A series of technologies entered the storage market in the past year. These products are part of a new deployment model the Yankee Group refers to as grid storage. Unlike grid computing, which has taken longer to evolve due to the complexity of connecting multiple computers across multiple locations, grid storage marks the continued march to industry-standard building blocks for deploying and managing storage.
To be considered grid storage, a product must include most of the following ingredients (exemplified by a number of vendors that have begun to deliver initial products):
Nonetheless, grid storage will affect how customers deploy storage in a number of areas.
First, vendors will deliver new generation storage arrays with the ability to increase capacity and performance by adding additional storage nodes to a shared network storage environment. Startups such as Compellent (which offers new modular storage) and 3PAR (which offers utility storage) use the modular storage model to deliver different kinds of network storage.
The network attached storage (NAS) market will be a second area of impact for grid storage. In the last 5 years, customers have begun to deploy distributed file systems to support complex requirements, many times focused on the high-performance technical computing market. Many enterprise customers saw management costs increase as they added new NAS systems, in effect creating islands of storage. However, distributed file systems that provide a common view of files across multiple NAS nodes (which can be modular storage arrays or gateways) help solve the management problems found in traditional NAS environments. We consider these emerging platforms grid storage because of their design and deployment models. Network Appliance (Spinnaker), Isilon Systems, IBM, Exanet and Panasas have products in this segment.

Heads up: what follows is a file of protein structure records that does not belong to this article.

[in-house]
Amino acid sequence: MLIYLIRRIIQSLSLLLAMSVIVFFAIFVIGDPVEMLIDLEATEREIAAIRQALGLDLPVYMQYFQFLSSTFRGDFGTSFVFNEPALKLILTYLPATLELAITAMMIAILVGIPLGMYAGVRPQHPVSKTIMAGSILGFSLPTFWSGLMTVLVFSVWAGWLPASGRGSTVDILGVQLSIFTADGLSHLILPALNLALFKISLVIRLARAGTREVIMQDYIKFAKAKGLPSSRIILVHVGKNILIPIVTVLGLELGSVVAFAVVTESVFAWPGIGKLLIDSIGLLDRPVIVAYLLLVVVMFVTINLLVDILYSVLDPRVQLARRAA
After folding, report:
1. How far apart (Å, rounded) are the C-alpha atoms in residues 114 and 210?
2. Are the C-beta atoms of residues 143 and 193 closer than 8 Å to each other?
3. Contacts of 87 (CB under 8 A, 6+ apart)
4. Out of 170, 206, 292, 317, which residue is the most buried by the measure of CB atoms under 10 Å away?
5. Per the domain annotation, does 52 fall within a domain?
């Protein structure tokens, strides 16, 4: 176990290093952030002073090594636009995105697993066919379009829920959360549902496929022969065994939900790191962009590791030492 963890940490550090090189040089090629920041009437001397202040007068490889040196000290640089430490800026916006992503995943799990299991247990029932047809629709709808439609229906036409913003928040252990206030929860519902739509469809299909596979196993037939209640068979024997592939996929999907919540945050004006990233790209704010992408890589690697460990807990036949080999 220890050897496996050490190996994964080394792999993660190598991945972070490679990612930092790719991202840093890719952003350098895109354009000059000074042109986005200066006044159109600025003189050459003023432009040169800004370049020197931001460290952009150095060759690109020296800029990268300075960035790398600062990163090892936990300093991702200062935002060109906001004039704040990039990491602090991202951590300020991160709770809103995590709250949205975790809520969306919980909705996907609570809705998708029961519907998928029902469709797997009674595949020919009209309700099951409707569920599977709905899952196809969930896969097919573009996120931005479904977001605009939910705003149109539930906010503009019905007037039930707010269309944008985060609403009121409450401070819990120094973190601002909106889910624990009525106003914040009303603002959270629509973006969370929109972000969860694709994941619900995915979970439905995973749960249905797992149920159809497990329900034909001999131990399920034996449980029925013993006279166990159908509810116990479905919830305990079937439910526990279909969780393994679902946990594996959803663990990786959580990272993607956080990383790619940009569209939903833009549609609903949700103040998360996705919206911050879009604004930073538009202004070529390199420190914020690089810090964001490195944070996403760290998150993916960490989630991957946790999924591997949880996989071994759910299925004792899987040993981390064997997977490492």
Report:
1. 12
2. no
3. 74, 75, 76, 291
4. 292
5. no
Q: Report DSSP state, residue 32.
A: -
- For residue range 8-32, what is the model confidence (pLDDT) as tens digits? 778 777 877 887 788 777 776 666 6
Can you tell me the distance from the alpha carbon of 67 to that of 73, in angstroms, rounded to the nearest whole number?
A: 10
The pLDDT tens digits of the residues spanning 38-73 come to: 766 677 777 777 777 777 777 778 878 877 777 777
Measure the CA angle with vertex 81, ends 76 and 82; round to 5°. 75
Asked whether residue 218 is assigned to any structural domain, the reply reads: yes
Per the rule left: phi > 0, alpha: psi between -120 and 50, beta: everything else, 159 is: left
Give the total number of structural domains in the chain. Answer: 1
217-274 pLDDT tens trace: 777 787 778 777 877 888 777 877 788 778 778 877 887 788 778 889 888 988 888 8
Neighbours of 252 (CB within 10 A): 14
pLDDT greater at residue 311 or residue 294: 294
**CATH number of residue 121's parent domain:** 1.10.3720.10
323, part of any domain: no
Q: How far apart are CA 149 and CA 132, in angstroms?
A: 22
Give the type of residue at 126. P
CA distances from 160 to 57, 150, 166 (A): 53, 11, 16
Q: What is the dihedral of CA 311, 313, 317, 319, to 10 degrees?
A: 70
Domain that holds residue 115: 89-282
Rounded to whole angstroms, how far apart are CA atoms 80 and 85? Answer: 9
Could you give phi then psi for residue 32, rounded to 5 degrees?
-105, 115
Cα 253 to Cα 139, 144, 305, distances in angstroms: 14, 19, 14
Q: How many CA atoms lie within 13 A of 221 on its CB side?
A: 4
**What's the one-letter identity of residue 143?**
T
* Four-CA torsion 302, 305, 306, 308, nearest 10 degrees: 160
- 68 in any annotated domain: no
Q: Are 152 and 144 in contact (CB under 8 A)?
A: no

The growing content storage market, driven by a mix of growing digital content and regulatory compliance requirements, is a third area grid storage will impact. Although there is some overlap with traditional and distributed file system-based NAS environments, a growing number of storage environments use an object-based, multi-node storage environments in which files are tracked based on unique identifiers. A number of vendors already offer products in this segment, including Hewlett-Packard, EMC and Permabit.
Growing regulatory requirements mandate the protection, ease of access, data integrity and security of various kinds of corporate information that must be stored for electronic discovery and data retention programs. One could consider the architectures of systems grid storage because they are based on redundancy between nodes that spread access and management of content across multiple nodes. Additionally, from a management perspective, we could classify products that enable the migration and mobility of data across multiple nodes within the storage environment (data mobility, data protection or file management) as grid storage (products from ExaGrid and Rainfinity fit into this category).
Finally, we believe grid storage will have a significant impact on the migration to a storage utility model, which requires the delivery of storage as a service. Grid storage will also complement a number of broader data center trends, such as the emergence of IP-based storage, blade servers, and server virtualization and policy-based management strategies.